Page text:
12 Busted Marketing Myths You Should Stop Believing

12 Busted Marketing Myths You Should Stop Believing

by Bobbie Lind November 30, 2017

Myths and beliefs are an interesting subject. They come about mainly because people don’t really know all the details, or their “uncle Joe” told them. These then get permeated around and somehow manage to become fairly common knowledge. Now, some myths are based on a small element of fact that is taken out of proportion, but many are not,

Every industry has myths that surround the profession. Some of my favorites are: “Cracking your back is the same as visiting a Chiropractor”, “Your car’s chassis needs lubing (because most cars built in the last couple of decades don’t actually have lube spots)”, and “Strength training will make you bulk up”.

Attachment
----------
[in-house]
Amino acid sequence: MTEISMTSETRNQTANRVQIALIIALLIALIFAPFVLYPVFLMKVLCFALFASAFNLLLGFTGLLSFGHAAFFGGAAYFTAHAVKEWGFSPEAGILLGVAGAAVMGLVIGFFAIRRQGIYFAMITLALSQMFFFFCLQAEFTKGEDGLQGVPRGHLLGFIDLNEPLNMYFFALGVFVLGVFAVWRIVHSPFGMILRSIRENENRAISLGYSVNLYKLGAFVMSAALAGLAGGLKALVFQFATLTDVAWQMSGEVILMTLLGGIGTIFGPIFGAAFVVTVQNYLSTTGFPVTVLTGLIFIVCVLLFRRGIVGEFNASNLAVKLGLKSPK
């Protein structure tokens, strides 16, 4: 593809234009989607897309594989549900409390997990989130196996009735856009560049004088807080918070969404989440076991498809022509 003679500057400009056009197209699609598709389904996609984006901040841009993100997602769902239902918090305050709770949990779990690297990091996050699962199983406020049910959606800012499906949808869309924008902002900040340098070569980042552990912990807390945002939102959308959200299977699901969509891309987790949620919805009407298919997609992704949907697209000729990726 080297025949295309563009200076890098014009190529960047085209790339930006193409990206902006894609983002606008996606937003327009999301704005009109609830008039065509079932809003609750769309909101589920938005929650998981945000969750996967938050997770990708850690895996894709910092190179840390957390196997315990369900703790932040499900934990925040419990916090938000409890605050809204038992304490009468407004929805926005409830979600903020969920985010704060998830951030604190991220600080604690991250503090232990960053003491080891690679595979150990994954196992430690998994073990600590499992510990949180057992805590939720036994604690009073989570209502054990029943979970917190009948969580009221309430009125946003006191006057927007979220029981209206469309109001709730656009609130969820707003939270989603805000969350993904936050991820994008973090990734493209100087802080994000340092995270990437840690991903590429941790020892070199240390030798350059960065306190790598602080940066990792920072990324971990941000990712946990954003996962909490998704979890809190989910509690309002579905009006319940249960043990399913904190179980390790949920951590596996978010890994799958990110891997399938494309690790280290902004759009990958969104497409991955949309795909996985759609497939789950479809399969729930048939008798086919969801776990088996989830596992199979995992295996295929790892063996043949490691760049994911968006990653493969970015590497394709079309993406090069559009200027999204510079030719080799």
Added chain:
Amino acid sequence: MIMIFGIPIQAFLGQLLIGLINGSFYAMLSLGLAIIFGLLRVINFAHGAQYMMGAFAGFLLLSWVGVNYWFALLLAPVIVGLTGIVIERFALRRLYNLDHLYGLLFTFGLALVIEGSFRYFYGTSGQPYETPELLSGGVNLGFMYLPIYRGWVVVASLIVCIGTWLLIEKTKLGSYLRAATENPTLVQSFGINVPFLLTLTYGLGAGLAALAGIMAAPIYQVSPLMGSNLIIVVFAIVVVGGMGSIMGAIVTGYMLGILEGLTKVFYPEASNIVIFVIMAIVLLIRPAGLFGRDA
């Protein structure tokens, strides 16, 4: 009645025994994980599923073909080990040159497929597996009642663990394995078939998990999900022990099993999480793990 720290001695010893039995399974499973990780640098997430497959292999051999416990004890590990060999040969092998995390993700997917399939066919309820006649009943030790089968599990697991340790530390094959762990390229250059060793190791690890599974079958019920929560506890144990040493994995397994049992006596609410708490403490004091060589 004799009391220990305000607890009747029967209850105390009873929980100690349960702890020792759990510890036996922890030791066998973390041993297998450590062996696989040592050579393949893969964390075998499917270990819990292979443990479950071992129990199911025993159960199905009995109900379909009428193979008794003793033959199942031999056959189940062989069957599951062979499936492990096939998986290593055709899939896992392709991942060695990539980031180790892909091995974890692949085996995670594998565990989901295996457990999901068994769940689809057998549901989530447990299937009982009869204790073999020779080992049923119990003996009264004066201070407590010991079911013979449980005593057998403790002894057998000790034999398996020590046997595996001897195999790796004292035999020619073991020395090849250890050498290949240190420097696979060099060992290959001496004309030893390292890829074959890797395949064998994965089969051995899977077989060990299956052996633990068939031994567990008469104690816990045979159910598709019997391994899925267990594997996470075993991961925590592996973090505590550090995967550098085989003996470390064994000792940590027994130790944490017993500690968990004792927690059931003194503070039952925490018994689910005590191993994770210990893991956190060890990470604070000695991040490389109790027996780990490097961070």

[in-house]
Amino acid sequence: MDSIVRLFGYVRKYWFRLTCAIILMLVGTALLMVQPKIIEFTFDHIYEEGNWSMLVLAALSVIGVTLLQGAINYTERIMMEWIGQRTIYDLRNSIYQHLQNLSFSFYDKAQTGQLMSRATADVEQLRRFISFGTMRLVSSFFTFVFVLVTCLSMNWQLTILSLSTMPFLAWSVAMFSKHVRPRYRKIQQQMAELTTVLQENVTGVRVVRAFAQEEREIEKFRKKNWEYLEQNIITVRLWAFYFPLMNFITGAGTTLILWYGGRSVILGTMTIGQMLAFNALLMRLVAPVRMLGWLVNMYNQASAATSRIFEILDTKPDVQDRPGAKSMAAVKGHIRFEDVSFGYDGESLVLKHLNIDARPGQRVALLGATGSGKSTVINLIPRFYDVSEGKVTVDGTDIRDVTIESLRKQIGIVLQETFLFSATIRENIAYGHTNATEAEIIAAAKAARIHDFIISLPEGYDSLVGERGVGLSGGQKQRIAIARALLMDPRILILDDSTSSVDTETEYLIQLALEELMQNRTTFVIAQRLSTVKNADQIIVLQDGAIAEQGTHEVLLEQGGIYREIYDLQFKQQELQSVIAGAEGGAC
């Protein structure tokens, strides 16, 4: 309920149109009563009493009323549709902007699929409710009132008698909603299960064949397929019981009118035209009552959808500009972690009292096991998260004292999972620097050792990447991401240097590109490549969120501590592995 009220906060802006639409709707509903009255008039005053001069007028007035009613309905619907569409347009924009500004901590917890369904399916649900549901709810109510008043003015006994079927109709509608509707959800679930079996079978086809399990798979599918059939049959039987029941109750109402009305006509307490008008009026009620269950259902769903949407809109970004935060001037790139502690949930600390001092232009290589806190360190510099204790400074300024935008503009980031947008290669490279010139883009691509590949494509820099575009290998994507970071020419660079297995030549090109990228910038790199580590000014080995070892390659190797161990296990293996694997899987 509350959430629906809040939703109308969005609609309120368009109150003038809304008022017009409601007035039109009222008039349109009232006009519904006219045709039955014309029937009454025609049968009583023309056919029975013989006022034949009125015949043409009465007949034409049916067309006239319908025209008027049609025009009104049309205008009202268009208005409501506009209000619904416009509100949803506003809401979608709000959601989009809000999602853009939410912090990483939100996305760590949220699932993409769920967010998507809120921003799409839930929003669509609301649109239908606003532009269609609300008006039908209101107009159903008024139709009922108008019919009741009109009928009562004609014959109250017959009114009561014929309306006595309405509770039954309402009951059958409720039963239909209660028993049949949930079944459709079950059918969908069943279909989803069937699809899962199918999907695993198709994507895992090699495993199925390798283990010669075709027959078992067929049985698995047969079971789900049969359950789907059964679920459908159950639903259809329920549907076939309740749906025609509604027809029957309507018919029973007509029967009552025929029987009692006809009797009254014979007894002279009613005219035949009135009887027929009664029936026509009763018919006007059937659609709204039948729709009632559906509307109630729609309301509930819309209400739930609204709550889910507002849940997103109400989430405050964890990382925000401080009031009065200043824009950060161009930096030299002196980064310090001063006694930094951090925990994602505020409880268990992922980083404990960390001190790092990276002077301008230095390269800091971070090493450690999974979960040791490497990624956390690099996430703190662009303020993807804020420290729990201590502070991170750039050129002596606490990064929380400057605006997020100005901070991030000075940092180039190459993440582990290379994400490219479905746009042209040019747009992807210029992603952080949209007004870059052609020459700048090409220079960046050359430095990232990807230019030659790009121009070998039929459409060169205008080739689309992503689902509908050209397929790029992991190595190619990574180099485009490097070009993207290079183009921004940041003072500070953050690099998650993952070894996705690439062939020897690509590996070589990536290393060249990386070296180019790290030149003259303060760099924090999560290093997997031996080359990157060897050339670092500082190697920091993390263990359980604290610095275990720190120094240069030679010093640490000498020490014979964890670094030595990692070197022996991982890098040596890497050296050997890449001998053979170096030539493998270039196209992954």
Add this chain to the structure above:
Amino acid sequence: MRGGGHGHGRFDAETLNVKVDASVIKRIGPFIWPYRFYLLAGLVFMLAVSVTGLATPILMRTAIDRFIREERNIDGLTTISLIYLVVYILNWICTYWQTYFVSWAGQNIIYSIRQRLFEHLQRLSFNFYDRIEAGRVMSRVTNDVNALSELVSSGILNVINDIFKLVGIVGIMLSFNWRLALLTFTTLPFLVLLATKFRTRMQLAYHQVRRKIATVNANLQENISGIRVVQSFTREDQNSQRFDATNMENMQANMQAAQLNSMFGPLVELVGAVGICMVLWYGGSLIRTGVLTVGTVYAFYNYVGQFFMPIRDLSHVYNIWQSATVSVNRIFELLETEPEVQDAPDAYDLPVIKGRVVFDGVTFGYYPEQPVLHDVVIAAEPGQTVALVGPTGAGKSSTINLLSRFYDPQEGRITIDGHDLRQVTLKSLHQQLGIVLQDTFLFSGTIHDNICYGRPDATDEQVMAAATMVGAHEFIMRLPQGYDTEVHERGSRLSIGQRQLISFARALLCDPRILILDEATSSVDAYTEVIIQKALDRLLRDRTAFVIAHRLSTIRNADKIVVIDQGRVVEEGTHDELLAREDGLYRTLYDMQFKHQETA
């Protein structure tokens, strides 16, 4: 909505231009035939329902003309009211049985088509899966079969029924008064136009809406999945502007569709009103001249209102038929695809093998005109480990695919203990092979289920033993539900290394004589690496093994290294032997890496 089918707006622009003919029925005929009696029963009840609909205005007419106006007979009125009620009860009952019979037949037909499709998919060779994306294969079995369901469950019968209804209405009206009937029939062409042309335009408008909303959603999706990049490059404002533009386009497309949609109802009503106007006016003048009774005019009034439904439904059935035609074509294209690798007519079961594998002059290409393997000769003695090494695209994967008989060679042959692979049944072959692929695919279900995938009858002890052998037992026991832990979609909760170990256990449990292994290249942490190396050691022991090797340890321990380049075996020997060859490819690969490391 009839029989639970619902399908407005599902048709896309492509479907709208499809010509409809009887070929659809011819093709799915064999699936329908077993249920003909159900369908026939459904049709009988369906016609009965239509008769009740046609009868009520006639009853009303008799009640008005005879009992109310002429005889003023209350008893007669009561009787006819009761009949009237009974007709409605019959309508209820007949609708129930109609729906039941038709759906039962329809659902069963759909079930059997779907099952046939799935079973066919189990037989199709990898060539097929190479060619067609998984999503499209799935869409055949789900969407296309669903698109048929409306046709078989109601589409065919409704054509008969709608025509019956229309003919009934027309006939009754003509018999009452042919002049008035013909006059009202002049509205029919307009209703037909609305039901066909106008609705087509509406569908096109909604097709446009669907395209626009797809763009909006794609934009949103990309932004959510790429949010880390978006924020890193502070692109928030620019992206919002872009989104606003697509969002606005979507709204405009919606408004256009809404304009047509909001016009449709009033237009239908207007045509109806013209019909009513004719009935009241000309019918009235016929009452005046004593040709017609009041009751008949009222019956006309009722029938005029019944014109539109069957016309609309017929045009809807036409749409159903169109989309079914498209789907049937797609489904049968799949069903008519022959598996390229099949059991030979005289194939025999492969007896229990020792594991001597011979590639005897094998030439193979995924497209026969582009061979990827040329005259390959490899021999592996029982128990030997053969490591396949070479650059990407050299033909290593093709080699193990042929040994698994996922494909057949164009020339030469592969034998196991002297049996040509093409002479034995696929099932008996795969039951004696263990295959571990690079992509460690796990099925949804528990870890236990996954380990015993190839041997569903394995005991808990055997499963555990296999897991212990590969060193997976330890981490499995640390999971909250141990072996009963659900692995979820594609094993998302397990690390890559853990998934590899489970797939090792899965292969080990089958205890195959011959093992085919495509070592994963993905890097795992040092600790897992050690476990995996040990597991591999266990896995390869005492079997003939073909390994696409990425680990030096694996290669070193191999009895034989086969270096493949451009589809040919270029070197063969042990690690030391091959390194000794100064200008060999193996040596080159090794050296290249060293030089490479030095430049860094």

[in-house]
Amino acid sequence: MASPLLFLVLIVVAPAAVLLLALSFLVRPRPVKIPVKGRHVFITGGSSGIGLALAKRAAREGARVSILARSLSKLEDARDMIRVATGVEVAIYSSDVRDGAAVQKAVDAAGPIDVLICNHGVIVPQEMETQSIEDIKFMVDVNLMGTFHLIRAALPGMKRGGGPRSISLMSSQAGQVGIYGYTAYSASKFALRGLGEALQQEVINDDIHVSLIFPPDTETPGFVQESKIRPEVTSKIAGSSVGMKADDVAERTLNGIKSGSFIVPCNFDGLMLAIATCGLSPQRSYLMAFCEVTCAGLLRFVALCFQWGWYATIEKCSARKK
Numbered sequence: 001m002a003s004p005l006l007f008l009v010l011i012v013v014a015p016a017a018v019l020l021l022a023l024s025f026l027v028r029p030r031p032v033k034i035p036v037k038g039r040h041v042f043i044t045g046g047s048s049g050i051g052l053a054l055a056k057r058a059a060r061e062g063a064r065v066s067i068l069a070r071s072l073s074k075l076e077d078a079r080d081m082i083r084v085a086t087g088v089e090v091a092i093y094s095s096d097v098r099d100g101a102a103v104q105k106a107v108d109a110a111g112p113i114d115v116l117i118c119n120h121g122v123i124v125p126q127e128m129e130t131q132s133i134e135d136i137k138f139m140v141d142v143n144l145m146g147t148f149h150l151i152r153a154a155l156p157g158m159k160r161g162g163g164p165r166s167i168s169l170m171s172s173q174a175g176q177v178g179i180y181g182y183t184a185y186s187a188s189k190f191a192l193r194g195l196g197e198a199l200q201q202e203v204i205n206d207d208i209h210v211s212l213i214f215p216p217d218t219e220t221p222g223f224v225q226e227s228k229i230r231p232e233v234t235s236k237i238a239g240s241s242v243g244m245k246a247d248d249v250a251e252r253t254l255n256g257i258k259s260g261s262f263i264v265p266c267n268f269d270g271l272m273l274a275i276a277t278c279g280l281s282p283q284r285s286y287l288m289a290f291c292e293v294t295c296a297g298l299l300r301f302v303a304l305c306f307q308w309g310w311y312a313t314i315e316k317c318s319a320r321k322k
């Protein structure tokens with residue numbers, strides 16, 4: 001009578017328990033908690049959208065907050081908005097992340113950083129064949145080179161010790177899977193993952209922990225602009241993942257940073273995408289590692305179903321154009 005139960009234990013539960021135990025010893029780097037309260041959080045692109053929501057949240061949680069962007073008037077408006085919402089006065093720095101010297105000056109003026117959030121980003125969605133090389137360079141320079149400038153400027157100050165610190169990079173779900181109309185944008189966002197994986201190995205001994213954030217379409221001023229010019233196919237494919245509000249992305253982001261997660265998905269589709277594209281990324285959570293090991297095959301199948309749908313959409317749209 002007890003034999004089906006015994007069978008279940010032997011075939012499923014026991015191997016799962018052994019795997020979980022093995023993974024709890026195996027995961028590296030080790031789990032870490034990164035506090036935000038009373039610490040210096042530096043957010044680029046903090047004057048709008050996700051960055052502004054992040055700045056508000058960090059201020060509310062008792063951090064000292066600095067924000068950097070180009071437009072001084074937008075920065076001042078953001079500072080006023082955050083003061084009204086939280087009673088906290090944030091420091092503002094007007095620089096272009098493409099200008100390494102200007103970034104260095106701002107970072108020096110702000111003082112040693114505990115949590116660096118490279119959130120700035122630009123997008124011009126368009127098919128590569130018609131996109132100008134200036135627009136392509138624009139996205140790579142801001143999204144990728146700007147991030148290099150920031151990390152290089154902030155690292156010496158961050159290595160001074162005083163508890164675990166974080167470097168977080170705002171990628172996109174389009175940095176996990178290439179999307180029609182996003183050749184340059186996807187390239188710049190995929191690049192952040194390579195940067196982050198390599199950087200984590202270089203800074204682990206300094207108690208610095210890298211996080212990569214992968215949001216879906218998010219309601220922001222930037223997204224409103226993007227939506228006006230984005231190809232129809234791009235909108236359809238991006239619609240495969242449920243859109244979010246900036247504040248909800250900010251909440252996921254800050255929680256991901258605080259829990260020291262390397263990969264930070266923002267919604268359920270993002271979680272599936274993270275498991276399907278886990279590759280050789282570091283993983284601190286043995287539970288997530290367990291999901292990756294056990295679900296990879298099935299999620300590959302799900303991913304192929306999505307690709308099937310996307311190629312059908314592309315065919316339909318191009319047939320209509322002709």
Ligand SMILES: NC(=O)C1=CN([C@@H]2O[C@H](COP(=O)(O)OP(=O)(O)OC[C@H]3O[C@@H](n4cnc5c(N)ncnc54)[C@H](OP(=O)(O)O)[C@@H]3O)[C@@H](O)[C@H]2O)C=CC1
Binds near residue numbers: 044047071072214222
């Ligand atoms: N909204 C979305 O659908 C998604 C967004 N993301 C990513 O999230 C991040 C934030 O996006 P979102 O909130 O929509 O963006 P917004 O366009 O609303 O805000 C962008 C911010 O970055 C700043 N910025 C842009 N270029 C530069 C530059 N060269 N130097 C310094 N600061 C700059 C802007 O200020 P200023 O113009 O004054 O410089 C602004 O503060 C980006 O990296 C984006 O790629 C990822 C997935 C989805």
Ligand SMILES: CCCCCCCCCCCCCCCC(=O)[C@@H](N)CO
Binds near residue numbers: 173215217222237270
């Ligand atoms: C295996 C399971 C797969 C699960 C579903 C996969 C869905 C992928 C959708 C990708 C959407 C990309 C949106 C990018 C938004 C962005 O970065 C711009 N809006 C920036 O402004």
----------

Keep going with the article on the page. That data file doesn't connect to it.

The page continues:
Alas, this is neither an automotive blog nor a workout website, so let’s stick to some myths that need debunking for your business and marketing.

Myth #1: I’ll just copy what a successful competitor did to make lots of money.

Let me guess, you tried this and it didn’t work. There are a few reasons for this. Your ideal patient may be different than their ideal patient for one. And sometimes even the wording or ‘feel’ of the marketing isn’t right for you and what you do.

Marketing shouldn’t be random. If you’re just trying what someone else has done and have no real way to evaluate what the results would – and should be – then you are performing random acts of marketing…and that’s a sure-fire way to spend money without seeing any return on your investment.

So, what’s a businesses owner to do?